Amongst bird photographers in the state of Victoria, Australia, Ararat-based Wayne Suffield shines out. So many enthusiasts with cameras or smartphones take bird shots these days! Amongst them is a category at the apex, folks who end up commissioned by National Geographic and making a decent living out of their craft. I don’t know if Wayne earns money from his devotion to photography but amongst the community of birders in a very large and active Facebook group, Victorian Birders, his creative works are of luminous quality. If you’re after beauty in nature, check out his photographs, including joining Victorian Birders.
Amongst Wayne’s regular “subjects” are some Brolgas in his local area. I have an impression, probably incorrect, that it’s the same returning pair (as usual, I have more research to do). I’d written a few times to Wayne about my fascination with the fifteen Crane species, our own Brolga being a logical investigative target, and a number of months back I asked him if I could pay closer attention to any of his photographs, including featuring one in this fledgling blog. Wayne graciously granted me permission to take on board one of his photographs and what you see featured today (I haven’t resized his photograph at all but have added my own background to image size requirements) is one stunning work of art.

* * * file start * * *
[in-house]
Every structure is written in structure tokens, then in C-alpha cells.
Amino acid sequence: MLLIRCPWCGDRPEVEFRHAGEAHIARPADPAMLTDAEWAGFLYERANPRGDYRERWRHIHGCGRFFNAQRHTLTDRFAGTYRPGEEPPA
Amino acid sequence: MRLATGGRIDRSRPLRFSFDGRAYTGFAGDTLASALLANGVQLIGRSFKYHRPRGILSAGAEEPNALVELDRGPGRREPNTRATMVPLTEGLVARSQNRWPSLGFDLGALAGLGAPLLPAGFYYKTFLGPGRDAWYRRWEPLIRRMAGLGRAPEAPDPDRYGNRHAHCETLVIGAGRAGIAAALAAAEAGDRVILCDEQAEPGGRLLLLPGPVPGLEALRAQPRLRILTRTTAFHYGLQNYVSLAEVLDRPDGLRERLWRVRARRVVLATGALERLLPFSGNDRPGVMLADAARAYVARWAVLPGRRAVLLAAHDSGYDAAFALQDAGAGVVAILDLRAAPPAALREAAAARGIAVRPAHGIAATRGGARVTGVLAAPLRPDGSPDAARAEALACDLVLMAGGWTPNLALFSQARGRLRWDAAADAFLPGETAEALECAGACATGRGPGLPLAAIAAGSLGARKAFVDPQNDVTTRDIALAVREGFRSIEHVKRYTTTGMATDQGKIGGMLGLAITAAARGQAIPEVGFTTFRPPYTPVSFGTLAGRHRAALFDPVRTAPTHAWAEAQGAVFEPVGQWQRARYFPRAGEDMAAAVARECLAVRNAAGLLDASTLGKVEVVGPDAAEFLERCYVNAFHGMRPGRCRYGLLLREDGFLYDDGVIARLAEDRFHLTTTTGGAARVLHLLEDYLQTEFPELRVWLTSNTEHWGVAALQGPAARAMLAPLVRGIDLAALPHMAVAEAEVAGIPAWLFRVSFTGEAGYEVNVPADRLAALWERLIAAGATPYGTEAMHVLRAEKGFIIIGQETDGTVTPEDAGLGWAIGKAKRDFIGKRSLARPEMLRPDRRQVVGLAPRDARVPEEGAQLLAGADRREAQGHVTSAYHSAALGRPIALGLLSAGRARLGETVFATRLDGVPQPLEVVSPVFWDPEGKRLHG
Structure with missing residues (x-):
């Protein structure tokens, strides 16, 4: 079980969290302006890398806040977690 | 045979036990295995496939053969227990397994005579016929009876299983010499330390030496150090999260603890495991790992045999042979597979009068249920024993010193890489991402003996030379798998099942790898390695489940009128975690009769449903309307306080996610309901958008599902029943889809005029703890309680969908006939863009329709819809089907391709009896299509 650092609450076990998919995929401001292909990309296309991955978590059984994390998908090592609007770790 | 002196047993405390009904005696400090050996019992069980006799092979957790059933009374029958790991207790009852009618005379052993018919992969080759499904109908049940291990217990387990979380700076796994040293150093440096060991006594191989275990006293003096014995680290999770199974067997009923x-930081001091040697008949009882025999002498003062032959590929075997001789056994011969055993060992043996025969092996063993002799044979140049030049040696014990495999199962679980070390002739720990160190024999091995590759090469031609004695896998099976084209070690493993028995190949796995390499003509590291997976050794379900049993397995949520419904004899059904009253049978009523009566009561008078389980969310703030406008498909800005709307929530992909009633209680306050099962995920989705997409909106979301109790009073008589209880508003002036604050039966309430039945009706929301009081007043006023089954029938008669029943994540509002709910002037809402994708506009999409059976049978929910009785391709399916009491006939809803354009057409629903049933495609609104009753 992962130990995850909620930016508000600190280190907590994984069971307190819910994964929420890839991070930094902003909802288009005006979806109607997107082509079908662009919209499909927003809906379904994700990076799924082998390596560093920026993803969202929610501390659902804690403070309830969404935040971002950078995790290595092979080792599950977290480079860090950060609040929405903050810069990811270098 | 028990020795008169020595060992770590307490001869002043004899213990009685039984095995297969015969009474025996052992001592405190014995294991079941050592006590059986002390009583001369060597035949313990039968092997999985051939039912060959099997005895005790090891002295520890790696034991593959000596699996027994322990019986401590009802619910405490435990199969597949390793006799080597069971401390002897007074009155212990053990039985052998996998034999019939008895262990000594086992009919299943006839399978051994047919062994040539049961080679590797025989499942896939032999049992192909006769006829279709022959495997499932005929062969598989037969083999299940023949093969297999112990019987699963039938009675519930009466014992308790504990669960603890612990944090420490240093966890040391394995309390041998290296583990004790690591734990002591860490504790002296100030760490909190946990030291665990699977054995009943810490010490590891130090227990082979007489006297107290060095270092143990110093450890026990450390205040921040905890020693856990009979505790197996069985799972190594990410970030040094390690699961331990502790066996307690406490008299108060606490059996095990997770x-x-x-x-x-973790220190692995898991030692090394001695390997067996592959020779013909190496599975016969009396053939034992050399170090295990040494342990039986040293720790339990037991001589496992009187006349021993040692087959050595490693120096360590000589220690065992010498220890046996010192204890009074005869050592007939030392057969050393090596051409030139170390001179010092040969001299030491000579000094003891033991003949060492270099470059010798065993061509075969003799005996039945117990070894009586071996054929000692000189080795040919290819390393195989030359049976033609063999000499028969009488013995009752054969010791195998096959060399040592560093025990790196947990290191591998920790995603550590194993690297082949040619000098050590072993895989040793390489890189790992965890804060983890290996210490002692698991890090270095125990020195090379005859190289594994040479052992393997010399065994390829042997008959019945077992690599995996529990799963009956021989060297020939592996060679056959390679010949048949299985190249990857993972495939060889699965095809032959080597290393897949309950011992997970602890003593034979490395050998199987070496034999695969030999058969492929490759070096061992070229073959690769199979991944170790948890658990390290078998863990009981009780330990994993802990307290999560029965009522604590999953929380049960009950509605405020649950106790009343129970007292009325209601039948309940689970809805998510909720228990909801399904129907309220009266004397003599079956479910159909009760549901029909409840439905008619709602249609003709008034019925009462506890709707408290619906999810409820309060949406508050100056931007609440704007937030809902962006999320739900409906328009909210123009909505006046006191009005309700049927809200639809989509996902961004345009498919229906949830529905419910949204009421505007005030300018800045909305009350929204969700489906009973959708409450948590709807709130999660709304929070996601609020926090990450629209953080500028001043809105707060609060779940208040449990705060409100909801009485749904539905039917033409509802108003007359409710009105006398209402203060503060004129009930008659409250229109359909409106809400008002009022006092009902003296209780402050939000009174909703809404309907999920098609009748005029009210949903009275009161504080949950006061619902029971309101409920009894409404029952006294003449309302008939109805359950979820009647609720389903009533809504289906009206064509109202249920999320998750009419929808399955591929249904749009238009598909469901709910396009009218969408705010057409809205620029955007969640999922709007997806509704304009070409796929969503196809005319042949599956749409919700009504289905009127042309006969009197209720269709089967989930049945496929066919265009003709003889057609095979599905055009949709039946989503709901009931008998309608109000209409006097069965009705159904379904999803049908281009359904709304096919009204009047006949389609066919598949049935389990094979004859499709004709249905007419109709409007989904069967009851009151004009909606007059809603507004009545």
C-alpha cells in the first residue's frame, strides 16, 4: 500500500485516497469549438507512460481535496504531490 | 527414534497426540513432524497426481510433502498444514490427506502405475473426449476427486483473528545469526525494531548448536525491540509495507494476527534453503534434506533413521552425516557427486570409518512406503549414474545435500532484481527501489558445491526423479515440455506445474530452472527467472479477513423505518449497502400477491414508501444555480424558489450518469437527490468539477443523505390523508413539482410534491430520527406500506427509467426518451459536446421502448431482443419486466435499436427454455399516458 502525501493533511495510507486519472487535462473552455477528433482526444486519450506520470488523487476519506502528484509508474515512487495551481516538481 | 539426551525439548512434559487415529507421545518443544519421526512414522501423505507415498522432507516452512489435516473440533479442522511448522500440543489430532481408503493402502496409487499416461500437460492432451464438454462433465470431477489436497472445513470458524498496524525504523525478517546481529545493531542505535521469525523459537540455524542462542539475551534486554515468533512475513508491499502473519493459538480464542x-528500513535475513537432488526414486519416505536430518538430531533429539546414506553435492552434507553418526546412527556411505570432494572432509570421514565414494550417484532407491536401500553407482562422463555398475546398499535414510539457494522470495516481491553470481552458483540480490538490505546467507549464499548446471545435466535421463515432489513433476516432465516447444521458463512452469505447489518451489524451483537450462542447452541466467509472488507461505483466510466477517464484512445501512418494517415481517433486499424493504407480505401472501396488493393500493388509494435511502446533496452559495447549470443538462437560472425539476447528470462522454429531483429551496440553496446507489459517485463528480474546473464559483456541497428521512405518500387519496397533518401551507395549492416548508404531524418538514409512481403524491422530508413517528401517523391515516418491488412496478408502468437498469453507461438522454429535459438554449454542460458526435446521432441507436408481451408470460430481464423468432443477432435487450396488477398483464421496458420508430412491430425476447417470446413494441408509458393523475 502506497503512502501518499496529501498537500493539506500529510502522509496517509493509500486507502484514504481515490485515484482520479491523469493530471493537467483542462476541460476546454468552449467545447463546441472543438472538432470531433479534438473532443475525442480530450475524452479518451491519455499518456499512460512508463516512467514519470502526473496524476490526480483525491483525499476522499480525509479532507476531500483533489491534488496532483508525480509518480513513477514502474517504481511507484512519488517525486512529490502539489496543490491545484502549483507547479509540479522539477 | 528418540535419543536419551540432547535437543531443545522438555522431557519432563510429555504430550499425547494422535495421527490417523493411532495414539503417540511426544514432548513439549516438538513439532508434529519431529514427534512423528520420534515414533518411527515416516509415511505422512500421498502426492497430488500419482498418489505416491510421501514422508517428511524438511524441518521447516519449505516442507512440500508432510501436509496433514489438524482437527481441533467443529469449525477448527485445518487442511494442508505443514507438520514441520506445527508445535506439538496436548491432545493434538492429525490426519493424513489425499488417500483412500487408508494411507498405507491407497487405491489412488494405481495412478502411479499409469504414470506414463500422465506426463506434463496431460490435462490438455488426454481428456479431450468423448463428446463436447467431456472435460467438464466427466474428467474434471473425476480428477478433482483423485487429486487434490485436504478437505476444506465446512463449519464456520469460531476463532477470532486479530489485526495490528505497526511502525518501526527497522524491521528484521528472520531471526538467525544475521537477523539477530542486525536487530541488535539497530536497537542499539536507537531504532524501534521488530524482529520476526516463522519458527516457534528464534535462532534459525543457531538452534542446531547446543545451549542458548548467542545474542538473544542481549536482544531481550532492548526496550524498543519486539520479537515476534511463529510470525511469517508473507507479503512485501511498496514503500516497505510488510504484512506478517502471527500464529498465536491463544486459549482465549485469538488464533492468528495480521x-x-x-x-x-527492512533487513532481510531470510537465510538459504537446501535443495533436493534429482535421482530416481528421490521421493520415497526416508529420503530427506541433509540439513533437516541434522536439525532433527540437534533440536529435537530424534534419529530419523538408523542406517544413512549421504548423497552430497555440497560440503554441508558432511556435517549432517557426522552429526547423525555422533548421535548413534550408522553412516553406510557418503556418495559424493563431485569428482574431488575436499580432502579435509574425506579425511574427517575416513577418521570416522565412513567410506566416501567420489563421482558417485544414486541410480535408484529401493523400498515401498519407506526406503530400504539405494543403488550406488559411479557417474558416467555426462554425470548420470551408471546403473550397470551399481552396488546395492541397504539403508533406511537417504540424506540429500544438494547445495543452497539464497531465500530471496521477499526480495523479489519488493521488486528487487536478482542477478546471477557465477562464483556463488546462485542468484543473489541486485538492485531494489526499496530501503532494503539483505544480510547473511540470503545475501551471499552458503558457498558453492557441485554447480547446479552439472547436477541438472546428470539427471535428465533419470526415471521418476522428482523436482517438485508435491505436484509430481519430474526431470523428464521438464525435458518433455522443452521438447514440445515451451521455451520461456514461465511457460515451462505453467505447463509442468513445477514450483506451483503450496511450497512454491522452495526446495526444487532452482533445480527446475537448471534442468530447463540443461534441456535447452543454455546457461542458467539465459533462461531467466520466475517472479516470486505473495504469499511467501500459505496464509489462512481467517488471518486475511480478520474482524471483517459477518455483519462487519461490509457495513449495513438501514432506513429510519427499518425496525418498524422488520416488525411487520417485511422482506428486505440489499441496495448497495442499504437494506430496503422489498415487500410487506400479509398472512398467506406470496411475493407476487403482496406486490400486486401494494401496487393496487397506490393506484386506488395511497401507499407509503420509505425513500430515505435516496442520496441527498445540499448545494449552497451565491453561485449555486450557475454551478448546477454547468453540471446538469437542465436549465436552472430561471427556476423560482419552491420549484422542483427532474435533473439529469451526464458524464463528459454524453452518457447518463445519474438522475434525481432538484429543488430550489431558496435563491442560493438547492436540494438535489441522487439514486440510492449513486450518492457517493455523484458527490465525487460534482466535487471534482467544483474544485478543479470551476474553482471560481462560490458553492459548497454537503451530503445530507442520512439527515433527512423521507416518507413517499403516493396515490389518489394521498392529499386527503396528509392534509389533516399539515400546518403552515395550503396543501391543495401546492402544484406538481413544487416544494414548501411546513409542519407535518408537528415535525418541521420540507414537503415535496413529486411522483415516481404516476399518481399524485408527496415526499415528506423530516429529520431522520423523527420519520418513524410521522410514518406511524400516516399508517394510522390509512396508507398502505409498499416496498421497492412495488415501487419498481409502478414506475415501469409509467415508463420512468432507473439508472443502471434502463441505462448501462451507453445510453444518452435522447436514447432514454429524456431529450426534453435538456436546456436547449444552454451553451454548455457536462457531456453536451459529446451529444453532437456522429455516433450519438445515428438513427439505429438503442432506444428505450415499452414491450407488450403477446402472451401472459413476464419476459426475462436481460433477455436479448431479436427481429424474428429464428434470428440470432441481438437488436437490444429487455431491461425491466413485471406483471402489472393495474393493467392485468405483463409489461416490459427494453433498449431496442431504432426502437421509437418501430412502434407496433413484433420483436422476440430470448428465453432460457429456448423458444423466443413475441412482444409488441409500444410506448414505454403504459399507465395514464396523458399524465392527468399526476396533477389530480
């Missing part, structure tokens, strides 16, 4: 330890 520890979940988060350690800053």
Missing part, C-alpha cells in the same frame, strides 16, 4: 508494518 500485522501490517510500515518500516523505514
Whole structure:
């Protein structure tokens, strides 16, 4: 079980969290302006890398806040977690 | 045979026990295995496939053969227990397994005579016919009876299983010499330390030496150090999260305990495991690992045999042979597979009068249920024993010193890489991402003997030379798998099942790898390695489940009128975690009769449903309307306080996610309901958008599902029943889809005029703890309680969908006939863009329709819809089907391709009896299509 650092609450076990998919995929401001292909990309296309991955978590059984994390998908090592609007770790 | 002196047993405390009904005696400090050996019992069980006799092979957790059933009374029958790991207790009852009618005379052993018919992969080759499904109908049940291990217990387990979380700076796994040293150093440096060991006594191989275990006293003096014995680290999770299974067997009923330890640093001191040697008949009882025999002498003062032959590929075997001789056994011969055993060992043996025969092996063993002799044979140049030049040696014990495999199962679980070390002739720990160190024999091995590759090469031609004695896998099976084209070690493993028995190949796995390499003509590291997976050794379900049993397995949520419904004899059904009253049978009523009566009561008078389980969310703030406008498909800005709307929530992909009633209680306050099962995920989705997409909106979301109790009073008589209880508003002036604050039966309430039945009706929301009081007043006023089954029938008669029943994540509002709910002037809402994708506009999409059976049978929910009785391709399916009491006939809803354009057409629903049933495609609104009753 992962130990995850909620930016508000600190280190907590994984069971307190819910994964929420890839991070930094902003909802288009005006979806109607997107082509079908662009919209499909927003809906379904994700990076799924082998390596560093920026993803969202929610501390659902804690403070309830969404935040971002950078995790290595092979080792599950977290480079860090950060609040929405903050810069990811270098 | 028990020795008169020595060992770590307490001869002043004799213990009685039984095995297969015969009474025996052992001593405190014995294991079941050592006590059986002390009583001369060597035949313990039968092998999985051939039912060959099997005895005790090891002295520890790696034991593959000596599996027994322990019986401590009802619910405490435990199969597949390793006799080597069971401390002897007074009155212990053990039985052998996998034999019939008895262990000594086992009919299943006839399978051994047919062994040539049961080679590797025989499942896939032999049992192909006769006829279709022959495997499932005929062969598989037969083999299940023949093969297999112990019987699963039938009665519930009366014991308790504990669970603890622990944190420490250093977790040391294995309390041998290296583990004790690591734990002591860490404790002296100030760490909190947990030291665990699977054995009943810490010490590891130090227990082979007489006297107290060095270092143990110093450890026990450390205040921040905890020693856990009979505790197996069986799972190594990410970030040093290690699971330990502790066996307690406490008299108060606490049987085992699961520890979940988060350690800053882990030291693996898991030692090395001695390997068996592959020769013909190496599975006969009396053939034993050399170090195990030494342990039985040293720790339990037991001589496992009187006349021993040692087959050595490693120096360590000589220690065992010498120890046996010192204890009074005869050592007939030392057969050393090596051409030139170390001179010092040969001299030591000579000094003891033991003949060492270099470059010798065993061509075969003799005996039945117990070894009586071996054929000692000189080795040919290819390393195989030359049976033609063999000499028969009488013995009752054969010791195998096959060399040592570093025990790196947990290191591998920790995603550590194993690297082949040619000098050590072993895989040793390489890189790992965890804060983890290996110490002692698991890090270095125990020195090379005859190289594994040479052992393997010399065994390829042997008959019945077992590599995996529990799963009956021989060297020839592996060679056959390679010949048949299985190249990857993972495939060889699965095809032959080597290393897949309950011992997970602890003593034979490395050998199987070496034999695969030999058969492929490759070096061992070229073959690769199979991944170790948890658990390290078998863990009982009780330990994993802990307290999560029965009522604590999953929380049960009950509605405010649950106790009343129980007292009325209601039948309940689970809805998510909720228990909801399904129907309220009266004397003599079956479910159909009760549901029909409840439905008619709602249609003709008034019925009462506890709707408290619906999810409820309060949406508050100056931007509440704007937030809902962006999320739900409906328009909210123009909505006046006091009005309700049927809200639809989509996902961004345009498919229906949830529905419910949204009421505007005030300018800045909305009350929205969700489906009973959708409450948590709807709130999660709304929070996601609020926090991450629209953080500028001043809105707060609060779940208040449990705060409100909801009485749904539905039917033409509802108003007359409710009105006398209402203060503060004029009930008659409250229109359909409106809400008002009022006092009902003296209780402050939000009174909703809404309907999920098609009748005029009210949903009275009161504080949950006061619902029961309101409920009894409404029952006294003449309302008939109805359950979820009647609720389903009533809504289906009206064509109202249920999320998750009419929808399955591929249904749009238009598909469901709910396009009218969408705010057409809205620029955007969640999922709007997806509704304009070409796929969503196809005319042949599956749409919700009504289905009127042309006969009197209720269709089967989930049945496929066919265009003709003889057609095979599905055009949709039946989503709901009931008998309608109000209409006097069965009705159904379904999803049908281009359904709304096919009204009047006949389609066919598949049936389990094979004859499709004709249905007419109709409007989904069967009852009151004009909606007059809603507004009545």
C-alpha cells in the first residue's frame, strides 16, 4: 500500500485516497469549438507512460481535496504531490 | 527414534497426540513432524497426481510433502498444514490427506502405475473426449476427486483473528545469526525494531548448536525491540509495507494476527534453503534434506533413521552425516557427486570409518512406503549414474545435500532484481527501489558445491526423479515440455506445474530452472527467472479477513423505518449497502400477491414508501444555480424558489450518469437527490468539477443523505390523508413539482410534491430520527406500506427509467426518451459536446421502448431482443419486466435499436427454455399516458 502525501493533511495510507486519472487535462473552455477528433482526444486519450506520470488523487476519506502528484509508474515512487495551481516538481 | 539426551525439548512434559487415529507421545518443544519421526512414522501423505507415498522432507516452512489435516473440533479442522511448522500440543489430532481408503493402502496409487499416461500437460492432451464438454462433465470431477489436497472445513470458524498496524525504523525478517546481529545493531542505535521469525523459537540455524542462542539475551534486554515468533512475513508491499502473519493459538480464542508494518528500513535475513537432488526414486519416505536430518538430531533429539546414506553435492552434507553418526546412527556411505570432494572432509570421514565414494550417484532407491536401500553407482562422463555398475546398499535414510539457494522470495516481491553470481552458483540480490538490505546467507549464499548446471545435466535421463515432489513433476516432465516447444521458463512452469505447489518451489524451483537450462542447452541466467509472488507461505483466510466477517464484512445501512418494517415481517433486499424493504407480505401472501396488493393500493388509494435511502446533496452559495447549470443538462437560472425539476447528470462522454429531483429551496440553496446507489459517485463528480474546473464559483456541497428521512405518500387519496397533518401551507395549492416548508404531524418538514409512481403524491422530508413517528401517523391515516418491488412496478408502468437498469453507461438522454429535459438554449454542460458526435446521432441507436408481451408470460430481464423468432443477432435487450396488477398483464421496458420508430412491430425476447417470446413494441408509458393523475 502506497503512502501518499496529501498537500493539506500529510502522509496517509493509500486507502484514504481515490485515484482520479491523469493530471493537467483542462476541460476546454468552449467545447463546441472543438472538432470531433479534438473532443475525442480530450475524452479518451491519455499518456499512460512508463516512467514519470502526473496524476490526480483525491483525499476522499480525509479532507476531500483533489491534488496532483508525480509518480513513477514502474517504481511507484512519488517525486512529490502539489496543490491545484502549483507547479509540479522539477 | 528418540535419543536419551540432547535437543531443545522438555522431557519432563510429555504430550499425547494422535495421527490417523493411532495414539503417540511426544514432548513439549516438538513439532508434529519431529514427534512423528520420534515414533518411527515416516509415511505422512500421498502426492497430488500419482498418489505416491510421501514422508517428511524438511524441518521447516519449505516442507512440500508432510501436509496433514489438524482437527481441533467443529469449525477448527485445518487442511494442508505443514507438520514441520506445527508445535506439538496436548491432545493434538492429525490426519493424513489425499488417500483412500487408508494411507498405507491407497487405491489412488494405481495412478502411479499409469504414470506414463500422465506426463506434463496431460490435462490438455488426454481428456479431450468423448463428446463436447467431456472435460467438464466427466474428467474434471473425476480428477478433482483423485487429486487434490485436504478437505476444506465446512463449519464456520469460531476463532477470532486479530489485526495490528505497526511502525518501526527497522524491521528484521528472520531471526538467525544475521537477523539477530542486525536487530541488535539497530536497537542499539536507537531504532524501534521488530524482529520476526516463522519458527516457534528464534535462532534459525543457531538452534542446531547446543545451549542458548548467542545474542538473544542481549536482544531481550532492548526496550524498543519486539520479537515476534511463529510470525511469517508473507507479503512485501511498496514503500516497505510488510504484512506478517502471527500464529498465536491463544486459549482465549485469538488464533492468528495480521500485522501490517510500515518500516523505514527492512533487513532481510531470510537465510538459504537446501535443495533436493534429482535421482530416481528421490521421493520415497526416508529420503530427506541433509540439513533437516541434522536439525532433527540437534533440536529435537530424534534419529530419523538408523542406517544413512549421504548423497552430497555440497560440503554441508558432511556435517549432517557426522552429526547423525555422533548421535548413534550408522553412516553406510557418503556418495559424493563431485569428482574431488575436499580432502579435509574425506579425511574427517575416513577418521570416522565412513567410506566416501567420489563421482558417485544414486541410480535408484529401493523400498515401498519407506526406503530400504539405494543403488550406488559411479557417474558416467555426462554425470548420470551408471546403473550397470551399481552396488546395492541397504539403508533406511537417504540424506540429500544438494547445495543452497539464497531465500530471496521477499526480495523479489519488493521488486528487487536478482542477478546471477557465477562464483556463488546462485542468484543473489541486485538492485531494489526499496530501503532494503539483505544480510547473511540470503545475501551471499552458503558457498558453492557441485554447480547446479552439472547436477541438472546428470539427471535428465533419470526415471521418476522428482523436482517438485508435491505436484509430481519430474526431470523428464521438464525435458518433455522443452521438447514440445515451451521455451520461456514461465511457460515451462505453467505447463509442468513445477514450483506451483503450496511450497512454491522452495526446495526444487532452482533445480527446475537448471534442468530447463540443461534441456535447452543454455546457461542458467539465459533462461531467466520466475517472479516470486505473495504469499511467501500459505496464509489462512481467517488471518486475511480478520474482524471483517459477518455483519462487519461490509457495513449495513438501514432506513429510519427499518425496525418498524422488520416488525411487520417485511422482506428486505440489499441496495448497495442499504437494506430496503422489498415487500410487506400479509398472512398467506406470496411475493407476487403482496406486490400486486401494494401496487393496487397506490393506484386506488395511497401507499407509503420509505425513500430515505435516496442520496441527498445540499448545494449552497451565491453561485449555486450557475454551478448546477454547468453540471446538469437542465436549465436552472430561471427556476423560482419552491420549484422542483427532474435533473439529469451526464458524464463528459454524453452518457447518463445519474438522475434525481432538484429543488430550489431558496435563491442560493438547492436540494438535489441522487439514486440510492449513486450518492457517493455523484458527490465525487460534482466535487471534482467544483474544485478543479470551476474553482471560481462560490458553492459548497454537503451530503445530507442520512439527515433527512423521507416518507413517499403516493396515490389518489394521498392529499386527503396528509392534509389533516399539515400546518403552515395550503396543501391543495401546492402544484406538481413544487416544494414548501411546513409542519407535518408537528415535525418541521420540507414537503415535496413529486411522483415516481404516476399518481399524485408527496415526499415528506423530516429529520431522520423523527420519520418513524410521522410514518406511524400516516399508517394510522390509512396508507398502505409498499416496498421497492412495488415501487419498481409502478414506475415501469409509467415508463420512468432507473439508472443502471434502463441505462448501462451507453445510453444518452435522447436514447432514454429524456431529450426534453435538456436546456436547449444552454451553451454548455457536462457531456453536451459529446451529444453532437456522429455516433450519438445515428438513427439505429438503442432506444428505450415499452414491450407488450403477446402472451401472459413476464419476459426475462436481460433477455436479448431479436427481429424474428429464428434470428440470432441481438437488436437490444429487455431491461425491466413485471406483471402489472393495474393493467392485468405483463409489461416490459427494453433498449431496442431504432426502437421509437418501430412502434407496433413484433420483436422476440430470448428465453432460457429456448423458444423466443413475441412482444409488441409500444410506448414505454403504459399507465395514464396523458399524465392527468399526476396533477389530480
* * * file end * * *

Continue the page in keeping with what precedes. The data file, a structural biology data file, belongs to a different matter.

This glorious image has been at hand for a long time but only today, buried in my cafe amidst redrafting work, did I step aside to examine it with full attention. What did I find? Wayne has caught a mighty Brolga striding effortlessly, huge wings fanned up, every white-grey feather seemingly visible, into flight mode. That outstretched neck, the sinuous horizontal line between tail and fearsome bill, its red neck brace, the ancient eye … it takes my breath away. Thank you so much, Wayne.
Credit: Wayne Suffield. On the runway at Warrayatkin Swamp. July 30, 2019. At Greenhill Lake Reserve Camping Area. Find Wayne on various sites, the easiest method perhaps being to search for @wayne.suffield on Facebook.
I took a rather shallow look at the heavily nuanced “what about RCP8.5” debate a couple of days ago, based on a Chris Mooney article. Not until I read a wonderfully coherent analysis from Michael Mann on his website did it become clear why I felt dissatisfied. Attacks on RCP8.5 aren’t just attacks on a particular scenario. They open a window for politicking, for cavilling from the required urgency.
As Mann puts it, this latest kinda-optimistic burst “doesn’t account for non-linearities and, most importantly of all, doesn’t include so-called ‘carbon cycle feedbacks’, that is to say, the feedback mechanism by which global warming can actually release more CO2 (or e.g. methane), adding further to the warming. Indeed, this deficiency applies to all studies that are based on specifying CO2 concentrations rather than emissions, and it applies to the current commentary by Hausfather & Peters.”